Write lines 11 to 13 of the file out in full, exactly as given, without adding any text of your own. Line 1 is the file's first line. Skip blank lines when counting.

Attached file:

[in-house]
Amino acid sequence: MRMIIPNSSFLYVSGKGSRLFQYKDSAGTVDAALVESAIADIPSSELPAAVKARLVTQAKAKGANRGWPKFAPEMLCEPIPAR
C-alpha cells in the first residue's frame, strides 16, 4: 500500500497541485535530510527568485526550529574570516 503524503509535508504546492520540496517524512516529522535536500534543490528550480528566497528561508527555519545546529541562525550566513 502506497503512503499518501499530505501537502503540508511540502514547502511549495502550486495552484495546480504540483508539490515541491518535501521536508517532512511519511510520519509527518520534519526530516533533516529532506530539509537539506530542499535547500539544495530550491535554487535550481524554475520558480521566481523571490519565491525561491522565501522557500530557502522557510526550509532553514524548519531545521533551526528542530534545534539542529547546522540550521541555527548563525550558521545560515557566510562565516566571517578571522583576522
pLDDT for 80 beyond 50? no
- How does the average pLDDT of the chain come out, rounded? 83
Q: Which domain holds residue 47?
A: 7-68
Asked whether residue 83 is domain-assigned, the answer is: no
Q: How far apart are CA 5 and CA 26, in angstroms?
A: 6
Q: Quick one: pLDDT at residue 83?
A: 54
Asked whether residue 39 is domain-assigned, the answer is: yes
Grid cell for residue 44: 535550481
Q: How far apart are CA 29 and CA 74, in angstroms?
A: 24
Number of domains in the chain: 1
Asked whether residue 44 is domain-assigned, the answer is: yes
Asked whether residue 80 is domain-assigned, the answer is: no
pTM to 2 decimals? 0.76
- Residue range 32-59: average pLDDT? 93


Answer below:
Q: Quick one: pLDDT at residue 83?
A: 54
Asked whether residue 39 is domain-assigned, the answer is: yes